In the last few weeks, there seems to be a lot of talk about domestic abuse filling our airwaves. With news from the world of sports sparking a much needed debate on the topic. I am glad to see that the non-physical aspects of the abuse are becoming more and more highlighted as an equally bad, or even worse, aspect of an abusive situation.

Non-Physical Abuse Is Greatly Misunderstood

My parents were very rarely physically violent. They gave us an occasional slap, but there was no consistent violent strategy in my childhood home. I was, however, constantly made to feel like a burden and a failure. Growing up with that sense of worthlessness is detrimental to a child. As an adult, I had little confidence and self-esteem; I struggled to take care of my own physical and emotional needs,  and by 21 I was diagnosed with my first burn out. Emotional abuse is difficult to explain because it is not a ‘one off’ thing.

It is a systematic campaign designed to grind the victim down. It is hard for people to understand that, and as a result there is little understanding when you break away from the situation. I have been in quite a few situations where people became aware of my choice not to have contact with my parents, and I was met with judgment (I have had a few overwhelmingly supportive responses, too, and I am glad I now know who my support network is).

But it is not only the fortunate friends that have never experienced anything like emotional abuse that seem to have trouble describing it. I came across this definition of emotional abuse in an article on a medical website:

the failure to provide psychological care (e.g., allowing a child to ingest alcohol or drugs would be considered a form of emotional abuse).

An example that, from my personal experience, seems very poorly chosen. To be honest, even Google defines the term in a manner that resonates much more with my personal story.

Emotional abuse is any kind of abuse that is emotional rather than physical in nature. It can include anything from verbal abuse and constant criticism to more subtle tactics, such as intimidation, manipulation, and refusal to ever be pleased.

Where Victims Are Made

Whether an abusive situation is physical or not, it is usually the mind games that make sure the victims stays put. This is where the person is broken down. No self-respecting, confident individual will stand for any kind of abuse. So there has to be a process of gradually introducing it.

For those of us growing up with an abusive parent, we don’t know “normal” so we are unlikely to question our abusers. But in a workplace or romantic relationship there is always a build-up. It is these at-first, subtle strategies that will make a person lose themselves. It makes you stop believing you are competent, valuable, and lovable. You are made to feel like you deserve to be treated poorly, and you are made to feel responsible for anything that is done to you. This is where your wings are clipped; where you are made to feel like a victim.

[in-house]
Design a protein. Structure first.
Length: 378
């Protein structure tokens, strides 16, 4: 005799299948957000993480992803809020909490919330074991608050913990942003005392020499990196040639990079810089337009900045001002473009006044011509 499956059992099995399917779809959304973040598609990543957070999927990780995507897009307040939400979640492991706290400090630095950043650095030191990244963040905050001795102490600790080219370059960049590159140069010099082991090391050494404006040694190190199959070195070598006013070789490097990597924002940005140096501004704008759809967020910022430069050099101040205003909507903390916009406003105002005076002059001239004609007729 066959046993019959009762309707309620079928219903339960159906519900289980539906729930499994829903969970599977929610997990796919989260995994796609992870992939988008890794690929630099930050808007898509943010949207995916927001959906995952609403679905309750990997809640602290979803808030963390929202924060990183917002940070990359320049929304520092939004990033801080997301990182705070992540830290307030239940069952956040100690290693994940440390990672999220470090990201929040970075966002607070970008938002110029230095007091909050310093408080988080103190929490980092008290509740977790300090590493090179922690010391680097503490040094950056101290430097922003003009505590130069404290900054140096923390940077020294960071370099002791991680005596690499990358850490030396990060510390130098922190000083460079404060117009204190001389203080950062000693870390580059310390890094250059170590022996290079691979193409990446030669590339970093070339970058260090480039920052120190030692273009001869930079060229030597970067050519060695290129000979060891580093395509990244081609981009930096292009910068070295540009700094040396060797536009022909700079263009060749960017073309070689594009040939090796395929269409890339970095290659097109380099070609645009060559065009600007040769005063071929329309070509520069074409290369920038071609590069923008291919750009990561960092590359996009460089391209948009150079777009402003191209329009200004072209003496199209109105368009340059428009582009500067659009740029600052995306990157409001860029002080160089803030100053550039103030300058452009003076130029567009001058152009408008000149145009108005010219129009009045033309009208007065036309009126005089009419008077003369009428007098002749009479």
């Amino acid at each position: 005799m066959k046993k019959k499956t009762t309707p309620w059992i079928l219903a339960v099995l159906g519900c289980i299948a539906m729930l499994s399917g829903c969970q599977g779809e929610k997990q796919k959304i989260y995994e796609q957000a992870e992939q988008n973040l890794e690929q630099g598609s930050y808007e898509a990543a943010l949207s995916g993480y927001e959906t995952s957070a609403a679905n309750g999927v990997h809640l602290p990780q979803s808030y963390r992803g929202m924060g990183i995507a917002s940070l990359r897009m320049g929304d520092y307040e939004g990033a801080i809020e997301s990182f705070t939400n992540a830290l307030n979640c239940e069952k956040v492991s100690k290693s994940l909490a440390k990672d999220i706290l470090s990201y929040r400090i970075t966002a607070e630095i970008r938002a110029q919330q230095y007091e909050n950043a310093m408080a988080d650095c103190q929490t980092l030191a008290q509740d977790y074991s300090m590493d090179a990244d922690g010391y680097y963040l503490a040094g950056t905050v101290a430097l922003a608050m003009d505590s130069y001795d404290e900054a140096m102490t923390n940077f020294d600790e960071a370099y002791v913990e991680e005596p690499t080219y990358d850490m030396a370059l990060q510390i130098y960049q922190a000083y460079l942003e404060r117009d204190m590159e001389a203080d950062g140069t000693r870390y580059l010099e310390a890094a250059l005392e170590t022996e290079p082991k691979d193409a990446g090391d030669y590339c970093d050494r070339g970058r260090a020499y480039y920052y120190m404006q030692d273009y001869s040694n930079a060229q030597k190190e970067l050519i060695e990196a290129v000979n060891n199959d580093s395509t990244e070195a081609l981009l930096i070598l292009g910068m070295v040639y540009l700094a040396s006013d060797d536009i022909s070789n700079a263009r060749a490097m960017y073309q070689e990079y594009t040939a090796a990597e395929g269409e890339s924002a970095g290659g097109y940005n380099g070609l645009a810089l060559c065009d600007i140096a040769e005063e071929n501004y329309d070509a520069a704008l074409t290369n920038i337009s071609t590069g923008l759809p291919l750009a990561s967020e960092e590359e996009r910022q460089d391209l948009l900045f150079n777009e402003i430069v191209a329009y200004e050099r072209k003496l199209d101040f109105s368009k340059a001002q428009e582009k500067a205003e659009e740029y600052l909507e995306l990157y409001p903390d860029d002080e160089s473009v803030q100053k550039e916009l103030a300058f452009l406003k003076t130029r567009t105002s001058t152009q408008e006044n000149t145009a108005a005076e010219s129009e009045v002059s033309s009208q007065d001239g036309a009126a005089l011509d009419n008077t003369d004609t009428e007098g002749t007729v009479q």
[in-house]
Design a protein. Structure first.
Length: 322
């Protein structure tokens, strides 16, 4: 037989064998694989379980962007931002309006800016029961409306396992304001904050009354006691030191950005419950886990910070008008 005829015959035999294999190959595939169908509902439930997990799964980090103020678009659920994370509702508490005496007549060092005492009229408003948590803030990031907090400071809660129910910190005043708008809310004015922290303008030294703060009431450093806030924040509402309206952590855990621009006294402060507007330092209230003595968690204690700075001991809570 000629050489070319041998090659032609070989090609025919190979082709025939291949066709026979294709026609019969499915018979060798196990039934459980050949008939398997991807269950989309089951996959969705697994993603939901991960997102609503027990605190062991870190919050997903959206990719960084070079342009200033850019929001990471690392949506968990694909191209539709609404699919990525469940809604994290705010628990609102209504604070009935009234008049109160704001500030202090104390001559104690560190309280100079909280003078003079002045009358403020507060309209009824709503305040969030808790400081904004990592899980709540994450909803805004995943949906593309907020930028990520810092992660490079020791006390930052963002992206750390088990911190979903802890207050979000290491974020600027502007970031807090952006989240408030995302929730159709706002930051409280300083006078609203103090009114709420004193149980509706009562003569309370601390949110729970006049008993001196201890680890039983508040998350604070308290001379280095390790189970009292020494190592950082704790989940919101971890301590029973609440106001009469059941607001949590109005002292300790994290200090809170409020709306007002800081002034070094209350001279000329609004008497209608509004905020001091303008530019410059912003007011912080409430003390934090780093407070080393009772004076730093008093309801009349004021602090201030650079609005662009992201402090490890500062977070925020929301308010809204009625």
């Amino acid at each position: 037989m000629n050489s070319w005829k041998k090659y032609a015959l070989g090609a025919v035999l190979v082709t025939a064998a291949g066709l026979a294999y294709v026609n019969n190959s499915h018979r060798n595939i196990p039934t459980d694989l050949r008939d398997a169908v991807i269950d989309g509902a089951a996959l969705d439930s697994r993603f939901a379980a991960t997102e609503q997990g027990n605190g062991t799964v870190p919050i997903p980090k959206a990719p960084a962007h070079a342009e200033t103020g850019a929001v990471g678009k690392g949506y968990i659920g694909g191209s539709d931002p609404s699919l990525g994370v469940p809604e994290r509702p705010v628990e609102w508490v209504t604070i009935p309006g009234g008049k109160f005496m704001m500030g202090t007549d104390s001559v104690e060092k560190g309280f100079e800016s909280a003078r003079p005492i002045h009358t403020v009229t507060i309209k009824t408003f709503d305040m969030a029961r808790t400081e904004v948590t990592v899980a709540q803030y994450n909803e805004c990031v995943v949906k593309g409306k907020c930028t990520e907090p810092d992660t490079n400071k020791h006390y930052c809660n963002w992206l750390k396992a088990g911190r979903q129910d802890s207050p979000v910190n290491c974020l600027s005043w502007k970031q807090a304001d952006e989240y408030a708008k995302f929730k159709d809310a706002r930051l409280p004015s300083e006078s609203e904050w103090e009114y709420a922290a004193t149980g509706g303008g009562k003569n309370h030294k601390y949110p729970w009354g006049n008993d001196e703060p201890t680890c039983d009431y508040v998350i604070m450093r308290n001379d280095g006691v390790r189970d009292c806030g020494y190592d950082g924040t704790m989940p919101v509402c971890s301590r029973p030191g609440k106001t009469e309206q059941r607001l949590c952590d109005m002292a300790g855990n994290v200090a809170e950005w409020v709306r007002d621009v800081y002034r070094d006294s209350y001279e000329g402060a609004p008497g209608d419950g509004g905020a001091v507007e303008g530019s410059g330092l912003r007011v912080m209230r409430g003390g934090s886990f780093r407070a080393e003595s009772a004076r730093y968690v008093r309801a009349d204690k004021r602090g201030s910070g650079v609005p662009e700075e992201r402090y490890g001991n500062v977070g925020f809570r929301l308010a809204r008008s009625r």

Especially in situations where physical violence is not part of the abuse, I think victims are less likely to recognize the perpetrators behavior as abusive. In ‘The Subtle Side of Abuse’ stuff.co.nz highlights the psychological aspects of abuse, and tells the story of a woman who left her abusive husband after more than 60 years of marriage. She was 83 when she finally had enough of his emotional abuse.

Please Help Us Reach Out

Now imagine that for a moment that for the majority of your life you live in a home where you are constantly exposed to emotional stress. If the above-mentioned lady could make a new start at 83, I believe this proves that it is never too late to help a target. Still I would love to reach and help people well before then.

Being in that space, feeling alone and worthless, is a very dark place to be. Not many can escape without the help of others. Finding validation, support, and love on a website like ours can be of huge significance for a target to start their journey to recovery. It helps to understand what happened to them and makes sense of the world.

Please help us spread the word so that more targets can escape the horrors of abuse.

Do you know someone who may be suffering? Give them the link.
Do you work somewhere where we could hang up a poster? Please get in touch with me.
Follow us on Facebook, Pinterest, Twitter, Tumblr, Google+ or Instagram. Share our posts and help us reach out to those that need support from their peers.
Is your friend not ready or able to leave their abuser, but could they use support from SwanWaters? Offer them a safe haven, by making your home and computer available to them.
Is there a health center in your neighborhood that could use a poster or some flyers to hand out? Let us know!
Are you helping a friend or spouse get over emotional abuse? That is hard work, we are here for you too! So feel free to join our community.


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Having gained experience while working for a variety of European non-profits, I am proud to now work with SwanWaters. My connection with the website is not only professional. I am glad to tap into my personal experiences to help those who are living in toxic relationships whether with parents, partners or in their professional life. We need to make the world more aware of the devastating effects of emotional abuse and help more people on their way to heal and thrive.

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